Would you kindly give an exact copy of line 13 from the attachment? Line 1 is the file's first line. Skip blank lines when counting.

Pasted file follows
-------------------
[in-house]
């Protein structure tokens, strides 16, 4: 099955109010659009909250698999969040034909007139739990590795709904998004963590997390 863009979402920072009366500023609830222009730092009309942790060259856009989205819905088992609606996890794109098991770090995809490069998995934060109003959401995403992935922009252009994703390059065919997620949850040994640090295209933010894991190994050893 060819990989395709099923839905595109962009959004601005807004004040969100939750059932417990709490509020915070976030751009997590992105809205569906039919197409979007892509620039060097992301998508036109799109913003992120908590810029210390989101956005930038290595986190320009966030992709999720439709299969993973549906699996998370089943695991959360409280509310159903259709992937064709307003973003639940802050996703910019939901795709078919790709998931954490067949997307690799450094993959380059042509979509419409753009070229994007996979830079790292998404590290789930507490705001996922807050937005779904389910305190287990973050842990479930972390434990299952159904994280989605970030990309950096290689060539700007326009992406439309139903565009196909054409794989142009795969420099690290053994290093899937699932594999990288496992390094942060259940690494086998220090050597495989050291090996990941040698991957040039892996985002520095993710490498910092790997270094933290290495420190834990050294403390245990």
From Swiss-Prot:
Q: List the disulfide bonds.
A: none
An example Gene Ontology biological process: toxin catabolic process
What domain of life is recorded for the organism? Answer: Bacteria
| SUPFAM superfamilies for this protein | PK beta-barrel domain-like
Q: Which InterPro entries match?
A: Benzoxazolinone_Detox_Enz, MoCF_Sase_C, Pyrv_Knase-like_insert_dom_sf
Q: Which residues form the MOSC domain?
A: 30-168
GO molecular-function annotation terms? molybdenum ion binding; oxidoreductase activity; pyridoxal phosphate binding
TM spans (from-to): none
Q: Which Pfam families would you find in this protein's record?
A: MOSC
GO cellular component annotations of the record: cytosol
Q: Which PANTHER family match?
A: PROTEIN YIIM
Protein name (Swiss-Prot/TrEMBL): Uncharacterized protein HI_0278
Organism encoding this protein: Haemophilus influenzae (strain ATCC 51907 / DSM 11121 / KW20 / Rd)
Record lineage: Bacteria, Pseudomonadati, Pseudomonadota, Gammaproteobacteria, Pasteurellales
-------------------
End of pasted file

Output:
GO molecular-function annotation terms? molybdenum ion binding; oxidoreductase activity; pyridoxal phosphate binding